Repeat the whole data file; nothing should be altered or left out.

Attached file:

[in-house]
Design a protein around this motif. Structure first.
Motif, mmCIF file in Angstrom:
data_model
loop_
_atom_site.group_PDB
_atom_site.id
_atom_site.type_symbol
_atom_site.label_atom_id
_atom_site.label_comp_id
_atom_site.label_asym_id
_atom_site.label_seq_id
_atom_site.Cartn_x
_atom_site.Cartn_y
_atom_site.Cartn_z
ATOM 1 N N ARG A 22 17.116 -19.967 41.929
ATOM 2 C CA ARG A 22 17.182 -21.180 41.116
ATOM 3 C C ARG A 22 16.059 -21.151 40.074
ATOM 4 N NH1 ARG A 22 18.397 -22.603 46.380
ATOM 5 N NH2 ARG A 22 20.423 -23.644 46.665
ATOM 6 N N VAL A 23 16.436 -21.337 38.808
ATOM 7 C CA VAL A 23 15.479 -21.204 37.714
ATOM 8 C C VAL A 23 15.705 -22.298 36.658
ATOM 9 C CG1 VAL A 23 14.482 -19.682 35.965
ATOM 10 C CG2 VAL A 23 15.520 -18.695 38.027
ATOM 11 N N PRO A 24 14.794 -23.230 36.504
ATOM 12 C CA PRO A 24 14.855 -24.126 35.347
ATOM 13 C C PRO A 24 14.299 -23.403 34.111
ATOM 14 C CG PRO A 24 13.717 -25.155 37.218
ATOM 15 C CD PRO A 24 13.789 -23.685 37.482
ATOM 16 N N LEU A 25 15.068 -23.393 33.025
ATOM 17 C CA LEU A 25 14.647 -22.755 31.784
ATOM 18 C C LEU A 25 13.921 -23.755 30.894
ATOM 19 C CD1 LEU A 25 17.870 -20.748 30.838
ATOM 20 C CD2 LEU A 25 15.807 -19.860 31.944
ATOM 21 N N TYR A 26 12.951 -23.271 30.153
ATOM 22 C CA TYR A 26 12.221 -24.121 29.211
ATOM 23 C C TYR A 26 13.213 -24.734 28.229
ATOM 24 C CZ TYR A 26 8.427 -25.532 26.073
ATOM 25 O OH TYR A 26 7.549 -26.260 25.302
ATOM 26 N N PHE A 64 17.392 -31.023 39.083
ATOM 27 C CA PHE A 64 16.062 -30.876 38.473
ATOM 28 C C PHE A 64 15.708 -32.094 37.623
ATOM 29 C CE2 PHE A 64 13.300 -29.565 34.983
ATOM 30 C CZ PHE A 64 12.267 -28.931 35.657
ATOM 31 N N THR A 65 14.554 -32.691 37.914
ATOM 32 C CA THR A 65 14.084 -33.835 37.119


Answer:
[in-house]
Design a protein around this motif. Structure first.
Motif, mmCIF file in Angstrom:
data_model
loop_
_atom_site.group_PDB
_atom_site.id
_atom_site.type_symbol
_atom_site.label_atom_id
_atom_site.label_comp_id
_atom_site.label_asym_id
_atom_site.label_seq_id
_atom_site.Cartn_x
_atom_site.Cartn_y
_atom_site.Cartn_z
ATOM 1 N N ARG A 22 17.116 -19.967 41.929
ATOM 2 C CA ARG A 22 17.182 -21.180 41.116
ATOM 3 C C ARG A 22 16.059 -21.151 40.074
ATOM 4 N NH1 ARG A 22 18.397 -22.603 46.380
ATOM 5 N NH2 ARG A 22 20.423 -23.644 46.665
ATOM 6 N N VAL A 23 16.436 -21.337 38.808
ATOM 7 C CA VAL A 23 15.479 -21.204 37.714
ATOM 8 C C VAL A 23 15.705 -22.298 36.658
ATOM 9 C CG1 VAL A 23 14.482 -19.682 35.965
ATOM 10 C CG2 VAL A 23 15.520 -18.695 38.027
ATOM 11 N N PRO A 24 14.794 -23.230 36.504
ATOM 12 C CA PRO A 24 14.855 -24.126 35.347
ATOM 13 C C PRO A 24 14.299 -23.403 34.111
ATOM 14 C CG PRO A 24 13.717 -25.155 37.218
ATOM 15 C CD PRO A 24 13.789 -23.685 37.482
ATOM 16 N N LEU A 25 15.068 -23.393 33.025
ATOM 17 C CA LEU A 25 14.647 -22.755 31.784
ATOM 18 C C LEU A 25 13.921 -23.755 30.894
ATOM 19 C CD1 LEU A 25 17.870 -20.748 30.838
ATOM 20 C CD2 LEU A 25 15.807 -19.860 31.944
ATOM 21 N N TYR A 26 12.951 -23.271 30.153
ATOM 22 C CA TYR A 26 12.221 -24.121 29.211
ATOM 23 C C TYR A 26 13.213 -24.734 28.229
ATOM 24 C CZ TYR A 26 8.427 -25.532 26.073
ATOM 25 O OH TYR A 26 7.549 -26.260 25.302
ATOM 26 N N PHE A 64 17.392 -31.023 39.083
ATOM 27 C CA PHE A 64 16.062 -30.876 38.473
ATOM 28 C C PHE A 64 15.708 -32.094 37.623
ATOM 29 C CE2 PHE A 64 13.300 -29.565 34.983
ATOM 30 C CZ PHE A 64 12.267 -28.931 35.657
ATOM 31 N N THR A 65 14.554 -32.691 37.914
ATOM 32 C CA THR A 65 14.084 -33.835 37.119